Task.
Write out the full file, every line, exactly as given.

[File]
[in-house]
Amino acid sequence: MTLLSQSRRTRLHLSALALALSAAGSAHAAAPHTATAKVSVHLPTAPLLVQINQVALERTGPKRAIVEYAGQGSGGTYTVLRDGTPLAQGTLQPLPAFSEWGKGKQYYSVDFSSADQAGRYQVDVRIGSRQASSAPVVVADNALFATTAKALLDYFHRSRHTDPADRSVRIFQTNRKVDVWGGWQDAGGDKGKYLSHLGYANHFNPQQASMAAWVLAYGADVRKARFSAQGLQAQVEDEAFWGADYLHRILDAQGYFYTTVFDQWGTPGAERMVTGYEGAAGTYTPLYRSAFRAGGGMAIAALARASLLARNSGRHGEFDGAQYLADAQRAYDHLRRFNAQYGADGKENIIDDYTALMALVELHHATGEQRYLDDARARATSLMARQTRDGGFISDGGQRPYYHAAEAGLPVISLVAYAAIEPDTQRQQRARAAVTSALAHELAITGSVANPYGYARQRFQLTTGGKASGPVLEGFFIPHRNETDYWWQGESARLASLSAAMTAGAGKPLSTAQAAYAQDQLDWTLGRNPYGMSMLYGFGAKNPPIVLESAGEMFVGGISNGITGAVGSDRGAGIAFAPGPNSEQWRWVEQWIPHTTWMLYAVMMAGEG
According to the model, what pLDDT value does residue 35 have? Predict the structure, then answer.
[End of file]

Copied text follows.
[in-house]
Amino acid sequence: MTLLSQSRRTRLHLSALALALSAAGSAHAAAPHTATAKVSVHLPTAPLLVQINQVALERTGPKRAIVEYAGQGSGGTYTVLRDGTPLAQGTLQPLPAFSEWGKGKQYYSVDFSSADQAGRYQVDVRIGSRQASSAPVVVADNALFATTAKALLDYFHRSRHTDPADRSVRIFQTNRKVDVWGGWQDAGGDKGKYLSHLGYANHFNPQQASMAAWVLAYGADVRKARFSAQGLQAQVEDEAFWGADYLHRILDAQGYFYTTVFDQWGTPGAERMVTGYEGAAGTYTPLYRSAFRAGGGMAIAALARASLLARNSGRHGEFDGAQYLADAQRAYDHLRRFNAQYGADGKENIIDDYTALMALVELHHATGEQRYLDDARARATSLMARQTRDGGFISDGGQRPYYHAAEAGLPVISLVAYAAIEPDTQRQQRARAAVTSALAHELAITGSVANPYGYARQRFQLTTGGKASGPVLEGFFIPHRNETDYWWQGESARLASLSAAMTAGAGKPLSTAQAAYAQDQLDWTLGRNPYGMSMLYGFGAKNPPIVLESAGEMFVGGISNGITGAVGSDRGAGIAFAPGPNSEQWRWVEQWIPHTTWMLYAVMMAGEG
According to the model, what pLDDT value does residue 35 have? Predict the structure, then answer.